2. Culture of Modern Litigation
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The civil justice system aims to resolve disputes between individuals, enabling both legal and equitable rights to be enforced. There have been radical changes in the civil sphere during the past ten years, following Lord Woolf’s 1996 report ‘Access to Justice’. In it, he identified several problems with the old system, not least the expense, unnecessary delays and the fact that the parties were often on an unequal footing. His recommendations led to the implementation of the Civil Procedure Rules on 26th April 1999.
The overriding objective of the reforms is to enable the Court to deal with cases justly. Under the rules, this includes, as far as practicable:
(a) ensuring that the parties are on an equal footing;
(b) saving expense;
(c) dealing with the case in ways which are proportionate…
- to the amount of money involved;
- to the importance of the case;
- to the complexity of the issues; and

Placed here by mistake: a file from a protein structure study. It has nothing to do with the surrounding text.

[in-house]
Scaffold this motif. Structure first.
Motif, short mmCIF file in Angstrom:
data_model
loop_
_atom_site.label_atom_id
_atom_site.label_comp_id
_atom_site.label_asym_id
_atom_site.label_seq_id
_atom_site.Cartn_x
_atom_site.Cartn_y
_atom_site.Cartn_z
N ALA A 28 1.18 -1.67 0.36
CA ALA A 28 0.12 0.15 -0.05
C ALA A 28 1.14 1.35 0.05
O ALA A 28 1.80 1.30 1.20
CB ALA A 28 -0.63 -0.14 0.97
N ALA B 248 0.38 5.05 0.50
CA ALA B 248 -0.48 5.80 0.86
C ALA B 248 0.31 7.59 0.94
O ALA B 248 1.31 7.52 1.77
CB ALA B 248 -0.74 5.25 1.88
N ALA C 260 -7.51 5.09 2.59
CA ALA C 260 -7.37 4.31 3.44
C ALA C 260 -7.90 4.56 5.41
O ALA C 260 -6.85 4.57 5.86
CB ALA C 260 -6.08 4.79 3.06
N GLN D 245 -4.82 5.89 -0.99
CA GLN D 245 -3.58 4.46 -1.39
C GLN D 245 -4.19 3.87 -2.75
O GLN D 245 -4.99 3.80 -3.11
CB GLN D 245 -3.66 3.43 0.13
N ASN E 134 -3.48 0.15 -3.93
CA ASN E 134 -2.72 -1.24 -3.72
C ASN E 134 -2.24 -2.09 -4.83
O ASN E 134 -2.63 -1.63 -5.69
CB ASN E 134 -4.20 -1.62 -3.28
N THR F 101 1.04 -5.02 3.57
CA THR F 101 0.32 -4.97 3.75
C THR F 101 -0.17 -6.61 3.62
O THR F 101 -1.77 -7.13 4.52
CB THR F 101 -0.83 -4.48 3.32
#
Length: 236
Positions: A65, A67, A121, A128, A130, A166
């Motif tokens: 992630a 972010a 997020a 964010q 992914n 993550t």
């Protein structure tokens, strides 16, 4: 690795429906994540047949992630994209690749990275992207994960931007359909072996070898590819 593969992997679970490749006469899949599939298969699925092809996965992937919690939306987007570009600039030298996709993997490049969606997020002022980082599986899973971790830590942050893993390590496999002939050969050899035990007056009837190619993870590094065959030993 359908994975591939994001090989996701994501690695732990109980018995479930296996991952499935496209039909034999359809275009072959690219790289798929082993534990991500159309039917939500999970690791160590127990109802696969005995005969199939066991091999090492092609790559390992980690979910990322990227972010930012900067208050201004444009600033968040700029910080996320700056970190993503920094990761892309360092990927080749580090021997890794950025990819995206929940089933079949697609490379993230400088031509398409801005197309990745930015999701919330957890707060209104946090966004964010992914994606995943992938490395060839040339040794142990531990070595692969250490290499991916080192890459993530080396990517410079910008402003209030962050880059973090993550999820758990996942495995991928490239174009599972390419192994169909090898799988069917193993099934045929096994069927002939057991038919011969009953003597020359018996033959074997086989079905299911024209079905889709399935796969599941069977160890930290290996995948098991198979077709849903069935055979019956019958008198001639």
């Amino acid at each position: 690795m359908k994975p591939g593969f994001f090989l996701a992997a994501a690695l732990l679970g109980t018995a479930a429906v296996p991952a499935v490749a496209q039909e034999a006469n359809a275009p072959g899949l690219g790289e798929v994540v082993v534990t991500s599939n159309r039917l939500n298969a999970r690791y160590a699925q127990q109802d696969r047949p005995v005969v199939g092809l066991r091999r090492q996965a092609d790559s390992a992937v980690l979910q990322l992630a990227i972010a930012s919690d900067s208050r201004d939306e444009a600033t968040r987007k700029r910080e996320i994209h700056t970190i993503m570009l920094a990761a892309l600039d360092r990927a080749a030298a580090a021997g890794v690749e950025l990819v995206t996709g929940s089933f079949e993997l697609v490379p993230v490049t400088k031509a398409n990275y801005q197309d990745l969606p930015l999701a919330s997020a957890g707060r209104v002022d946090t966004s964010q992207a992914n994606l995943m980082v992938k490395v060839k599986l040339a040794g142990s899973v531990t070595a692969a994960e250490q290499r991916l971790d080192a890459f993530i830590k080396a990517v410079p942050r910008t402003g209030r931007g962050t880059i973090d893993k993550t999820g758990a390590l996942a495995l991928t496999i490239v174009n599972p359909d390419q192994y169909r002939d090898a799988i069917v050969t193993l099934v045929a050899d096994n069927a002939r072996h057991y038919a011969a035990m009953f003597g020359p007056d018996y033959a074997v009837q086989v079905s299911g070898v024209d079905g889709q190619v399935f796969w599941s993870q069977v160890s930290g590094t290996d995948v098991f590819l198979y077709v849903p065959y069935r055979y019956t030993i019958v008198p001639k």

- to the financial position of each party;
(d) ensuring that it is dealt with expeditiously and fairly; and
(e) allotting to it an appropriate share of the Court’s resources, while taking into account the need to allot resources to other cases.
In practice, this means that parties are expected to follow pre-action protocols and a much greater emphasis is placed on co-operation. The courts are now required to actively manage cases and ensure that parties stick to the time limits set. Courts are now seen as a last resort and the parties are expected to consider the use of Alternative Dispute Resolution prior to trial.
Clients should be informed of their obligations under the overriding objective, for example, being required to sign a statement of truth in relation to statements and other supporting documentation. They must also be warned of the consequences of failing to adhere to the spirit of the objective, most usually in the form of costs penalties.
The emphasis in civil litigation is now on resolving disputes, with court hearings to be used as a final resort. The use of Alternative Dispute Resolution must therefore always be considered.
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